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Types of Child Trust Fund Account

By: J.A.J Aaronson - Updated: 19 Dec 2012 | comments*Discuss
Types Child Trust Fund Account Ctf

The Child Trust Fund (CTF) is a savings or investment account, offered as a long-term concern to children born on or after 1st September 2002. Aside from the government contributions to the Fund, one of its major attractions is the choice of account types into which the money can be paid. Broadly, the available CTF accounts can be divided into three categories: savings accounts; share investment accounts; and stakeholder accounts.

Savings Accounts

Savings accounts are the obvious choice if you are primarily concerned with the safety of your child’s money. These accounts will not invest in shares, meaning that there is no chance of losing money. You are guaranteed to end up with at least as much as you put in. There are, however, a number of drawbacks associated with savings accounts. Clearly, in return for safety you must accept a lower potential growth rate than in an investment account. Perhaps more significantly, however, it is important to bear in mind the effects of inflation. Depending on the interest rate you are offered by your account provider, you may find that, when your child turns 18, the money in the account actually buys them less than it would do today.

Share Accounts

Another option is to choose an account that invests in shares. These accounts do not offer the guaranteed security of a savings account, but in many cases their comparative advantages outweigh this problem. Throughout the last 40 years, money invested in shares over a long-term period (such as the 18 year timescale of the CTF) has performed better or at least as well as the equivalent sum placed in a savings account. This is because, although the value of shares may fall in the short-term, overall the stock markets continue to grow year on year. This means that your child’s money has significant potential for growth in an account that invests in shares.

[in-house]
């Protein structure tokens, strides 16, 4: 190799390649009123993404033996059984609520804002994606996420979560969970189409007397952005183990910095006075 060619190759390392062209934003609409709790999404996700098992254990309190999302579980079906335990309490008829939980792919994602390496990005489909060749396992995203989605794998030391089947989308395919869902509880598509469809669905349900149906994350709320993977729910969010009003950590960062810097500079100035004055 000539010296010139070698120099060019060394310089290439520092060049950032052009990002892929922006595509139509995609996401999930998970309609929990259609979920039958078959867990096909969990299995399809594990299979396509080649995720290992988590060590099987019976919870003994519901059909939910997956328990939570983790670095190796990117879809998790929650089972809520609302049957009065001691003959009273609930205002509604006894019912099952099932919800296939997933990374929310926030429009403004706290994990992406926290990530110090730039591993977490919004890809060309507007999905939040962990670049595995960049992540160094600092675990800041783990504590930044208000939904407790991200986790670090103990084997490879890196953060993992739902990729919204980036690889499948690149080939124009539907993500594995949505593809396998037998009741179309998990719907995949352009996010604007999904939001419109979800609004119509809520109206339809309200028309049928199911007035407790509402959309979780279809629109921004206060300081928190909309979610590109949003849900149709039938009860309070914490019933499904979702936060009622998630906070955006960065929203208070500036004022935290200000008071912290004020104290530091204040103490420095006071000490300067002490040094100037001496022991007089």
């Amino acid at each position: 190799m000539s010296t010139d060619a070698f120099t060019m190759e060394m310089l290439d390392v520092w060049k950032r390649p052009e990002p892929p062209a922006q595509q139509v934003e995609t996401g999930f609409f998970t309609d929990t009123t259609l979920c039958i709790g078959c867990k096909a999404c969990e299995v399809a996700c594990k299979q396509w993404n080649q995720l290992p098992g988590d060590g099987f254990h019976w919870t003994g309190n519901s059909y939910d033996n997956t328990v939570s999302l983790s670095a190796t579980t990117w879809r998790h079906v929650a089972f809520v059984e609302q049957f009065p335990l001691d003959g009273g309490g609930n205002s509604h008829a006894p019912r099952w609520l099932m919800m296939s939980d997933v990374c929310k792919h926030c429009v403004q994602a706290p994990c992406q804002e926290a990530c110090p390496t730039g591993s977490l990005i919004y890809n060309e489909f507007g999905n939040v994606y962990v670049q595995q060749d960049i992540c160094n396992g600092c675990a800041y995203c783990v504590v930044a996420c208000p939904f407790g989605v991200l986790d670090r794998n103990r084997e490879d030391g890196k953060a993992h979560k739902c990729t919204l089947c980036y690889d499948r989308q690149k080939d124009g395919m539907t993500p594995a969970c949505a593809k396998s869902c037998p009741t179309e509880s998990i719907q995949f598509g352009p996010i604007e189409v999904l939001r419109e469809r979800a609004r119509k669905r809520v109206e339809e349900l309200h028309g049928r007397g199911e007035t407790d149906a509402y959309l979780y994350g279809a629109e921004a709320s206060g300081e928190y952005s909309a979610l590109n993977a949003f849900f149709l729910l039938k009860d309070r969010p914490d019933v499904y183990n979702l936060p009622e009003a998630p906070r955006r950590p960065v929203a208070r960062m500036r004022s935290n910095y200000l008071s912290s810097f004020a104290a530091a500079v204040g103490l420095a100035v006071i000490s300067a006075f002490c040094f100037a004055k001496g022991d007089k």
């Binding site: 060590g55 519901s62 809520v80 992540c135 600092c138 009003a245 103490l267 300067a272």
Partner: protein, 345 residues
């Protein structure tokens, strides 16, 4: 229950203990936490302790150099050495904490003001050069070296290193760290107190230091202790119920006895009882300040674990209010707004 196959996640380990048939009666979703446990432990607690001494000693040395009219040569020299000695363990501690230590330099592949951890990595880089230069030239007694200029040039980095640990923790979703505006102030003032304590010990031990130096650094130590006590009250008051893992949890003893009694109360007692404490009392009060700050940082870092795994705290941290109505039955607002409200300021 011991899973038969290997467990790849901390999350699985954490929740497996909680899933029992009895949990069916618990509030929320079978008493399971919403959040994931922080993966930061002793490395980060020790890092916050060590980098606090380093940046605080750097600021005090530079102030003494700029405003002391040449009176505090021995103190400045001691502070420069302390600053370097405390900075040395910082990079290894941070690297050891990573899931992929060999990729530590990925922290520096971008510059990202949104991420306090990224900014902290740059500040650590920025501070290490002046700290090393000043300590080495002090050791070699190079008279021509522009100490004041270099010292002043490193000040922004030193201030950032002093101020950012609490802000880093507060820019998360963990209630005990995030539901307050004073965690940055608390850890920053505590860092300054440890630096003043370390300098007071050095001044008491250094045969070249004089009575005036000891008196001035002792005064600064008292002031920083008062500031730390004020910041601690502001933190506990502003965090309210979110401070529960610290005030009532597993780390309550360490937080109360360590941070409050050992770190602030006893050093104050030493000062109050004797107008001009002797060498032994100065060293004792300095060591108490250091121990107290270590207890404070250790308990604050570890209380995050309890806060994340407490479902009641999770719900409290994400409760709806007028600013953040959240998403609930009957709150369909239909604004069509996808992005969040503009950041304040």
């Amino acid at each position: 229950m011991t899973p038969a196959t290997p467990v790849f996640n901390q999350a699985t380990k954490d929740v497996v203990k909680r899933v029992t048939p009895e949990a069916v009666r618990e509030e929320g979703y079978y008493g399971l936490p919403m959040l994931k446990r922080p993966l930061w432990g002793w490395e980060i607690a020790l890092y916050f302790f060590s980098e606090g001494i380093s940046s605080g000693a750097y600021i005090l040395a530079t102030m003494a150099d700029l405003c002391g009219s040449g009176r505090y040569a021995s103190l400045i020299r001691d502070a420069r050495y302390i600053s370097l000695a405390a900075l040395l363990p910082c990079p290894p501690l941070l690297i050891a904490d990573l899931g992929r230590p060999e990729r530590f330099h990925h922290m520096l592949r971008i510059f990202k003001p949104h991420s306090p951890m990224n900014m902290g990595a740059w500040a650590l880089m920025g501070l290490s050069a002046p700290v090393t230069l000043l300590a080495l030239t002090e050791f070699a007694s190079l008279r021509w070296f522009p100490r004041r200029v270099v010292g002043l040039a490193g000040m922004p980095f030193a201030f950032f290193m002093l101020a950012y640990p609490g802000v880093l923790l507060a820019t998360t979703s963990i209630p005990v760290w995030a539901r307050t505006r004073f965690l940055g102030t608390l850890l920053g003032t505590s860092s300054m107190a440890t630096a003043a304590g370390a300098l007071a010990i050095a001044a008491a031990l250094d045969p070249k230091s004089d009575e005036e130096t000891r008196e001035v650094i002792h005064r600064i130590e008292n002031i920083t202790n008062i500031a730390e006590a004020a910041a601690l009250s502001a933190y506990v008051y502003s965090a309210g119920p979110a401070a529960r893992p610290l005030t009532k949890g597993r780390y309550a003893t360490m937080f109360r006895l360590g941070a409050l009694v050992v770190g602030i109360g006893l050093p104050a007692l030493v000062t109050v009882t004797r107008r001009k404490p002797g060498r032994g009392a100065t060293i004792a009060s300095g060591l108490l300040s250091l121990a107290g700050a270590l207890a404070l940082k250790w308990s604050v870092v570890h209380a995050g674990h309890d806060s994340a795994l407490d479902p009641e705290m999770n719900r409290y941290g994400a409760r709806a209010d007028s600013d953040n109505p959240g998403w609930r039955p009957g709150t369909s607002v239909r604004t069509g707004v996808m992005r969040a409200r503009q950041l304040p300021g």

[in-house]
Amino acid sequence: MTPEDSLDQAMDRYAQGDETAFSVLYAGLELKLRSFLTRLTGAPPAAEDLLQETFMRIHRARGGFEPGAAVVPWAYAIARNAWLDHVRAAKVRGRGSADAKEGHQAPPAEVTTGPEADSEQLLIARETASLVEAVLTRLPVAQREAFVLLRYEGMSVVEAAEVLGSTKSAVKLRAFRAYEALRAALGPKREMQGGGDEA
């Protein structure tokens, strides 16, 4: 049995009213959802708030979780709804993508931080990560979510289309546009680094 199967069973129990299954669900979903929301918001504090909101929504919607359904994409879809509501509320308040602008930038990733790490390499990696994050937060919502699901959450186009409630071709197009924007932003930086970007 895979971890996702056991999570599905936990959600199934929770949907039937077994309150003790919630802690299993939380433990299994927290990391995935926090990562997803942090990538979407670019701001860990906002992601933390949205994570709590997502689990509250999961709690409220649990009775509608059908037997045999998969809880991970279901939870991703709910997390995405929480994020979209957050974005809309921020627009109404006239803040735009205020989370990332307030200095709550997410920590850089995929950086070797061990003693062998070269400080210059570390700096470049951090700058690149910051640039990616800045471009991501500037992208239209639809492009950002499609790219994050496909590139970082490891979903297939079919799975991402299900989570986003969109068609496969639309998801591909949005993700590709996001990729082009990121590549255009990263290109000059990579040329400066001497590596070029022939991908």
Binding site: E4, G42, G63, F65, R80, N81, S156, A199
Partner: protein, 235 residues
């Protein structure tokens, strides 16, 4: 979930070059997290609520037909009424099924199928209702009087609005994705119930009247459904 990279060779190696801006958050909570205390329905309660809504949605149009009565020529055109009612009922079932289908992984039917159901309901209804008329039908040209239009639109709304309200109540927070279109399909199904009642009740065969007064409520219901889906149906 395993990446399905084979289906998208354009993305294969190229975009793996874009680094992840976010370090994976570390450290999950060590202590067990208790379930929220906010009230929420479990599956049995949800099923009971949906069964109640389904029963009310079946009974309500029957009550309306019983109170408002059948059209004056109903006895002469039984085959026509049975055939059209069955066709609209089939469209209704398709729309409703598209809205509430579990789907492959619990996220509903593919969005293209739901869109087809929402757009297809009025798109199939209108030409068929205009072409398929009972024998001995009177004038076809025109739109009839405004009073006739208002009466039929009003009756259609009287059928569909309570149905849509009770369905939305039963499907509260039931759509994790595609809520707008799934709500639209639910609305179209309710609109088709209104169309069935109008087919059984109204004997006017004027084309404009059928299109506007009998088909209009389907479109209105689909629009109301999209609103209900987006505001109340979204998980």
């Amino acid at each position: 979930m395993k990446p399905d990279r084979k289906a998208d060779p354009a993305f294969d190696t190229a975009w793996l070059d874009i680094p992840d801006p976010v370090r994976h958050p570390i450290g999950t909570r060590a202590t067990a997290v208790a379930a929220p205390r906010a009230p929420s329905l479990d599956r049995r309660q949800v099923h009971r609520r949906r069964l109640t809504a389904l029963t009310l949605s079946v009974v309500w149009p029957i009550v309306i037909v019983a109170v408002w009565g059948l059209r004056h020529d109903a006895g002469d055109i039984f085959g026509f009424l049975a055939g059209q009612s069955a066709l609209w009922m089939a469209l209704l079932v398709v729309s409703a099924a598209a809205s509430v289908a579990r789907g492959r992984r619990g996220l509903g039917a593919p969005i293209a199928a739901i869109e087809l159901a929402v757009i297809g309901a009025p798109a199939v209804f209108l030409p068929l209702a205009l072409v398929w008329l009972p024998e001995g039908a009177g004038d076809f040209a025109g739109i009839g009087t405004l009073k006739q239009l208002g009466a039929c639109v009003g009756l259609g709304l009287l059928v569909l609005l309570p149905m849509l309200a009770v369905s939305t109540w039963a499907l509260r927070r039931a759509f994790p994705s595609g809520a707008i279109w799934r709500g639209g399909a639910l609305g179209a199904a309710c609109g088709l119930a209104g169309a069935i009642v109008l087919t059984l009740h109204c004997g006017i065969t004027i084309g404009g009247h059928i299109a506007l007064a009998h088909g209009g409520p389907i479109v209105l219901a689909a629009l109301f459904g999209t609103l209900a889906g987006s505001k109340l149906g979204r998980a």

Stakeholder Accounts

The final option is a stakeholder account. This can be seen as a hybrid of other account types. To begin with, the money is invested in shares from a wide breadth of companies. This helps to ensure that, although the value of one company’s shares may fall, your child’s money should not be too heavily affected. Once the child reaches 13, however, the terms of the account change. At this point, the account provider will begin to sell some of the shares and instead buy lower risk investments. Alternatively, they may simply transfer the shares into cash. What proportion is sold will depend on the performance of the shares; if they are doing well, the account provider will sell fewer shares. This helps to ensure that the child is protected from short-term falls in the market as their account reaches maturity.

It is important to remember that all account providers will charge for their services. The charge incurred for savings accounts will be subtracted from the interest paid; this will not appear on any statement, so it is important that you know how much is being deducted in advance. The charge on both share and stakeholder accounts is worked out as a percentage of the value of the account. Providers of pure share accounts need not adhere to a set fee, but stakeholder accounts are charged at a universal rate of 1.5%.

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